Saturday, October 23, 2010

CancunCocoon#14: "Either with us or against us"

The ultimate consequence of our behavior with our environment is the extinction of a species.

Under normal circumstances, species thrive and grow in population. When the volume of the population grows unsustainably beyond the constraints of the ecological niche where it can live, then the population is reduced naturally. If there is not enough food, the weakest will starve leaving food for the strongest, who will eventually survive.

When a species becomes extinct, it is because its ecological niche is not able to support it any longer. Either food has ran out, or basic protection or humidity levels of quality of the air or water has deteriorated. When a forest is cut down to build a neighborhood, all the animals that lived in the forest cannot live on the streets. Animals have not learned to be homeless.

In 2010 alone, more than 100,000 species of animals, plants, fungi and microorganisms have become extinct. Most of them has to do with human behavior. We are cutting down forests, and this reduces habitats or ecological niches for those species. We dump thousands of tons of toxic chemicals into the ocean and that kills small microbes on which larger species feed. So both the microbes and their predators are disappearing.

I do not foresee a rapid change in our behavior that will prevent species from growing extinct. My concern is the realization of the interconnectedness of our behavior and the extinction of a species. It is a chain reaction. Although we are not predators of the species in some cases, the satisfaction of our needs is pushing the limits for more forests, for more consumption, for more food.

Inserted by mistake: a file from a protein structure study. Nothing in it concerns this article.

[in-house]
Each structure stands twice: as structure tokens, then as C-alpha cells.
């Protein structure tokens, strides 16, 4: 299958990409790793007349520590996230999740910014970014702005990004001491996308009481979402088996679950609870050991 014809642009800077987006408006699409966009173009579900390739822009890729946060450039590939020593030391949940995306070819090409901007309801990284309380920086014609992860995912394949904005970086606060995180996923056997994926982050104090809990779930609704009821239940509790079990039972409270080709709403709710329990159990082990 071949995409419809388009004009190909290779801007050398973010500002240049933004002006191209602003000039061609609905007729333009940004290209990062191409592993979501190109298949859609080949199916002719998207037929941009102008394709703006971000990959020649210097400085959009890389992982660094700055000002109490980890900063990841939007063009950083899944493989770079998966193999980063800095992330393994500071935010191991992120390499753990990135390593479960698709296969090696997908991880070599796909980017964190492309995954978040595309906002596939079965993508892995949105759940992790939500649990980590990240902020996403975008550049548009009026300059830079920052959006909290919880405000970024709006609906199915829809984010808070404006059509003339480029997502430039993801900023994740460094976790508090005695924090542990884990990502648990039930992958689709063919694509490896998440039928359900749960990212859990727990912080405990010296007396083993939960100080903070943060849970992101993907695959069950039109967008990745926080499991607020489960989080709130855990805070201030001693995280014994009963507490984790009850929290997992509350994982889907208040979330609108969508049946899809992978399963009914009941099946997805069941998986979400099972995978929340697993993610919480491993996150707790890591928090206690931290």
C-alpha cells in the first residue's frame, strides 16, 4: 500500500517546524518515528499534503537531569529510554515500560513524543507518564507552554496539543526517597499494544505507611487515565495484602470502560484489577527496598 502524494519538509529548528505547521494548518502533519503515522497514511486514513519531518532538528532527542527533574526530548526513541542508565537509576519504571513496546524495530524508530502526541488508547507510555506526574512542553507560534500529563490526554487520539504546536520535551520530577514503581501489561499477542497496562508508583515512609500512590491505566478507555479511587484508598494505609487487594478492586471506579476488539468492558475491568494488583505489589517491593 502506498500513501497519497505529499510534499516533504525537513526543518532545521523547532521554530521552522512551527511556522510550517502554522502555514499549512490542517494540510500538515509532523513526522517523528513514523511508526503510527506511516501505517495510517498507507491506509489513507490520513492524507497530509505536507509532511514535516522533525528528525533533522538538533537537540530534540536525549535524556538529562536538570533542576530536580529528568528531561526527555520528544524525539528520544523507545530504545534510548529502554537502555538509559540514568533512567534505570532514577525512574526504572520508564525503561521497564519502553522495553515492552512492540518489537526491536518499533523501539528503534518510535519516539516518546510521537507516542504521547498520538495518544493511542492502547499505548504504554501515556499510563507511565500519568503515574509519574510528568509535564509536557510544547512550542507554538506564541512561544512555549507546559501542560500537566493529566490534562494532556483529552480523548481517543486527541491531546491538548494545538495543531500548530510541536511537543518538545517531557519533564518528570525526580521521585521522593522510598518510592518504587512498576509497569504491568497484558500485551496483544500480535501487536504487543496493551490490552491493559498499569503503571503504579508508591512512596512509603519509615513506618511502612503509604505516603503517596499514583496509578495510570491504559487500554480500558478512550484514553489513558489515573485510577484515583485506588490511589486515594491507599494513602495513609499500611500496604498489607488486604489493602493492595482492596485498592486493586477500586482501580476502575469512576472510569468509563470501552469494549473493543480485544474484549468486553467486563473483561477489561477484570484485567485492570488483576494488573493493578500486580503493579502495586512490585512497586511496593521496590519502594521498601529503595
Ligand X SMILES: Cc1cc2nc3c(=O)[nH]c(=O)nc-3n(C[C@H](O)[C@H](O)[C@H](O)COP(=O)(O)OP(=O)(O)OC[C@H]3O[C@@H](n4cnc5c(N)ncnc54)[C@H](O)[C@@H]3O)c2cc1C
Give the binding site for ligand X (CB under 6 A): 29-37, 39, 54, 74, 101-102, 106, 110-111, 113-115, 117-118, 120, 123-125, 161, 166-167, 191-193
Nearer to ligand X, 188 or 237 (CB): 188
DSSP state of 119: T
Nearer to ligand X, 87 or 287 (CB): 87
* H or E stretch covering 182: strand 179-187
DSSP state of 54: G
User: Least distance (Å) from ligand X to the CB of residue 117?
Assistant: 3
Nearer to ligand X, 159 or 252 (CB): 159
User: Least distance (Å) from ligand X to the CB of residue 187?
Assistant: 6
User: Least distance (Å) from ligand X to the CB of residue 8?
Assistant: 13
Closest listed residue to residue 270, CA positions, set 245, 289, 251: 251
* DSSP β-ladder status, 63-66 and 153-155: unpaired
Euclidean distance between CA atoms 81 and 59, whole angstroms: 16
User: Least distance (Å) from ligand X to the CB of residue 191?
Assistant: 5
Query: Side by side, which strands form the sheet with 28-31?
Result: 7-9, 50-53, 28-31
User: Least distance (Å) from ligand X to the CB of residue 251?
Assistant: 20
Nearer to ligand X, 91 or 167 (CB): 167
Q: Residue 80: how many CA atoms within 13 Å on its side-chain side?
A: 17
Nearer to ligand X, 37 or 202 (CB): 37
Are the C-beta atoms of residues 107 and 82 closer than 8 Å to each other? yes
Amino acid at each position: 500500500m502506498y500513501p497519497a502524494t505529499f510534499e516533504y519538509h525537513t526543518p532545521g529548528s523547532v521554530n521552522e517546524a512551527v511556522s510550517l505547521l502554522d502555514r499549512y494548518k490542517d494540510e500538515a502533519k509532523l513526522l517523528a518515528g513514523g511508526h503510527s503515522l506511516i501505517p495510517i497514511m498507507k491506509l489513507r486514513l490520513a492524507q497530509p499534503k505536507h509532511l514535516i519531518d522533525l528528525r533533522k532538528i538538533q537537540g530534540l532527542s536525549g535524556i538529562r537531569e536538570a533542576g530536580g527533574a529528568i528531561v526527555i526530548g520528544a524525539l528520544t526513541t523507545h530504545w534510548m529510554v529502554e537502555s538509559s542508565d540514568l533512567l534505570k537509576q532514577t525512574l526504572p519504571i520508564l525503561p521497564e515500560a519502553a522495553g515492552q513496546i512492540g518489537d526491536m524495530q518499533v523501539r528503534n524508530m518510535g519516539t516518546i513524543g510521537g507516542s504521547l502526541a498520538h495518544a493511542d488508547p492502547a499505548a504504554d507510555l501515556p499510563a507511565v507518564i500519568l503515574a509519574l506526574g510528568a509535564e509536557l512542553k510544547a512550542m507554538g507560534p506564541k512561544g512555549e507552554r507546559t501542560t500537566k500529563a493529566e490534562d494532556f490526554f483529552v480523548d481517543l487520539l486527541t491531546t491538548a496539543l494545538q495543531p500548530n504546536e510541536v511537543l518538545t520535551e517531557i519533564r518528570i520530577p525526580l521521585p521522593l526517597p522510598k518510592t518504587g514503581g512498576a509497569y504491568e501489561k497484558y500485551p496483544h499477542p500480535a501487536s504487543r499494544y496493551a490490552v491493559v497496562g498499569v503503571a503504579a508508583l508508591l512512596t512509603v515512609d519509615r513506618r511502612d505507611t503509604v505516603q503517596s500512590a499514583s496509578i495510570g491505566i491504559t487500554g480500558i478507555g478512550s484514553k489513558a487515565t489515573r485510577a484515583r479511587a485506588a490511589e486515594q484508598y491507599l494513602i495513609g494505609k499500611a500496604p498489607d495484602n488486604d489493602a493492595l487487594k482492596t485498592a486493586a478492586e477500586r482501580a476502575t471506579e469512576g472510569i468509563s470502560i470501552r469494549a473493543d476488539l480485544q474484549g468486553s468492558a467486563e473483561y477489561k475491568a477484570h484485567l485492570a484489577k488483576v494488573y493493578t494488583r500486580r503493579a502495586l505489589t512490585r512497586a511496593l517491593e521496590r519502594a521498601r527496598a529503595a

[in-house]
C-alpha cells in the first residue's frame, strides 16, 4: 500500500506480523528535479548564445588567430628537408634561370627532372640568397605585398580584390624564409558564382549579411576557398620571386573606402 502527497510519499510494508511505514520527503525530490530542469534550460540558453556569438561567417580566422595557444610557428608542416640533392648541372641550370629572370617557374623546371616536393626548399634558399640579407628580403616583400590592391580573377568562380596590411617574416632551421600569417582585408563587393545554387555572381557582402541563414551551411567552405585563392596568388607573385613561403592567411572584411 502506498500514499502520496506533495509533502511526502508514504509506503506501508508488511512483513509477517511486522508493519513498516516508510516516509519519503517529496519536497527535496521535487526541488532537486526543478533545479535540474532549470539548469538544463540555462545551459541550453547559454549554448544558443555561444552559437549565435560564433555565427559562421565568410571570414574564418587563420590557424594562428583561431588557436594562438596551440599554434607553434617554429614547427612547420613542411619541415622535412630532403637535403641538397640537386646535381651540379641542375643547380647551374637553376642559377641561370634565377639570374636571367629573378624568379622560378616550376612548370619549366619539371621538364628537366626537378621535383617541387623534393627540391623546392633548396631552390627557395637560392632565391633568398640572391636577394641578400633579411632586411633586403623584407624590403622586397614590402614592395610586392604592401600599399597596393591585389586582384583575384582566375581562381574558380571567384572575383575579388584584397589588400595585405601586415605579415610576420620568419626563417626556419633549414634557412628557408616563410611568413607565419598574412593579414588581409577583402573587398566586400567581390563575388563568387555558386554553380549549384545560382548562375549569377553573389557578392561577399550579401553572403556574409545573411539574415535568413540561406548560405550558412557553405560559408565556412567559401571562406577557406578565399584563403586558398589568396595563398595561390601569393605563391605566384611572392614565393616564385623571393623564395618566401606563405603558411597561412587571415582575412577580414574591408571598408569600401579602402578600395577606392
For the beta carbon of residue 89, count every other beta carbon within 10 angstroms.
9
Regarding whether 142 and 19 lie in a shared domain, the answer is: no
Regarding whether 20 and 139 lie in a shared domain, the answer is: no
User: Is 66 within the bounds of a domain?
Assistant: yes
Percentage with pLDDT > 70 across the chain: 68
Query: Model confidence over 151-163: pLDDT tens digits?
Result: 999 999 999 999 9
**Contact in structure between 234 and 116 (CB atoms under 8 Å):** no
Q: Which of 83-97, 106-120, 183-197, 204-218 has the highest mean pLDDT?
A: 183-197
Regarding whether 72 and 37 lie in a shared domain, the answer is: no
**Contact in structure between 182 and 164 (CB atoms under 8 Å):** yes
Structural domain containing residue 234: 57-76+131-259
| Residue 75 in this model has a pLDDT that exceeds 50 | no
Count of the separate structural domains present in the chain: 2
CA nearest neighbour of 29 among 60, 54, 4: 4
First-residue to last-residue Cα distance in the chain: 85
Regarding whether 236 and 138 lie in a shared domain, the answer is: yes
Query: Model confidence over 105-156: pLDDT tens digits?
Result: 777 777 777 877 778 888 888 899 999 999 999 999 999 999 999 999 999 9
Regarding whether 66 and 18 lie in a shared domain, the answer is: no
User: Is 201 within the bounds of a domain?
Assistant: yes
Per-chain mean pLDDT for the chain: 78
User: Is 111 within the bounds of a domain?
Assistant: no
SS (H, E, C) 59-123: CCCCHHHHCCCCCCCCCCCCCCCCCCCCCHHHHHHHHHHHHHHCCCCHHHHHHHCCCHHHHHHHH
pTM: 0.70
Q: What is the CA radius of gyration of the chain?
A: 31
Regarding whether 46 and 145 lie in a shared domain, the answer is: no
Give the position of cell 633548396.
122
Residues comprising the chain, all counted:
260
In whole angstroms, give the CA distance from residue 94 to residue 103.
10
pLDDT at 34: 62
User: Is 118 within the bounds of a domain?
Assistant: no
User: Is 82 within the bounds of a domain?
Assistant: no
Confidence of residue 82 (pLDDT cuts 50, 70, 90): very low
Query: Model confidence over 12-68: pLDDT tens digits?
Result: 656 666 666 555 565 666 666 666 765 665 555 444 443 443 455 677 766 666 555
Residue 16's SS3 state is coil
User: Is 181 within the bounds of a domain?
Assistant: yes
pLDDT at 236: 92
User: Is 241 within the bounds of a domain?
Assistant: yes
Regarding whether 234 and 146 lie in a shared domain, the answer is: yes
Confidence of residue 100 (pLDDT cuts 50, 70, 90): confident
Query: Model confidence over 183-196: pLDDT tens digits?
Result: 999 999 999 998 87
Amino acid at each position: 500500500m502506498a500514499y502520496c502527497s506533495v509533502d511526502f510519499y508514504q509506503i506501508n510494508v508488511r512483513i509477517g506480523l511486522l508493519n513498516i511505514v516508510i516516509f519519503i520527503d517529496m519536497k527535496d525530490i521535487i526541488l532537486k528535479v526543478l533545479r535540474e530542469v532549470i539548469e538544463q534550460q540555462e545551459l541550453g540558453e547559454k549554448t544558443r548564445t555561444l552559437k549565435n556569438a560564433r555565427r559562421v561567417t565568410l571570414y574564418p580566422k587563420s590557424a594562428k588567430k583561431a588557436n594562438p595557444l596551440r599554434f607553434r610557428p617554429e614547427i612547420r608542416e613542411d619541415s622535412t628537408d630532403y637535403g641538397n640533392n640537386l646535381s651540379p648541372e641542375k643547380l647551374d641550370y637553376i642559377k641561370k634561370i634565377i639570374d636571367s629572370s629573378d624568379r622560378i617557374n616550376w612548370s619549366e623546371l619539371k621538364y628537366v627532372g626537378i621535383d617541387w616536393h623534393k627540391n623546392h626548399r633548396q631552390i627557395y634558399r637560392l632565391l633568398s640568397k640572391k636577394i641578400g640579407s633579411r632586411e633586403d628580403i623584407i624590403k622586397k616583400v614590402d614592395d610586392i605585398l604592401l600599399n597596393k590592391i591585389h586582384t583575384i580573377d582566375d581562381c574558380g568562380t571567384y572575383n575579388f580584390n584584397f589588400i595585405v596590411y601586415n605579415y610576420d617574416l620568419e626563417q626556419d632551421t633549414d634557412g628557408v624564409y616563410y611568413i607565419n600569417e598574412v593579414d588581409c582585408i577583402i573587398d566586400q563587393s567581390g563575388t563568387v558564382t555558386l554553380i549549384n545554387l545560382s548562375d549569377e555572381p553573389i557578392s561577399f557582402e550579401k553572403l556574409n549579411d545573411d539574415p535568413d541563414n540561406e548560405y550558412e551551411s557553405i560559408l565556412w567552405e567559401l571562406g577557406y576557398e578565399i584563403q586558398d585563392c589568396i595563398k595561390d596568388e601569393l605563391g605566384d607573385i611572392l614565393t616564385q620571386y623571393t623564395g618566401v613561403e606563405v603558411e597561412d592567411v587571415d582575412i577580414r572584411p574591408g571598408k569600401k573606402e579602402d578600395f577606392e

The waste we generate accumulates where we don't normally see it. Somewhere behind the mountain or into the desert or at the bottom of the sea. Waste chemicals are usually invisible. The east garbage patch is a floating garbage dump composed of an estimated two trillion pieces of plastic. It floats on the Pacific Ocean, somewhere between Hawaii and Japan. It covers an area twice the size of the state of Texas, or twice the size of France.

What if we collect that garbage and process it by adding some heat and reshape it in the form of highway divisions to prevent car crashes? This could be a triple-win situation: we would be reutilizing waste, we would be cleaning the environment for millions of animals that die trapped in plastic containers, and we would be reducing deaths in our highways.

If non-human nature had a voice, it would probably be hollering "are you with us or against us?" Truth being said, it should be us asking the exact same question: are we with "us" or against "us"? The planet is one. The global ecosystem is one. Extinction of a species is a threatening symptom about our own behavior. We cannot thrive as a civilization without trees and forests; without clean sources of water to drink; without fertile land to grow our food.

Giving animals a break is giving ourselves a break. Have I said my health has never been better as it has been since I became a vegetarian? Plus, I lost 16 kg (38 lb) in the process. Try it. Or at least do it for a few days at a time. Culture is what we make of it. It is constantly changing. Help our culture change.

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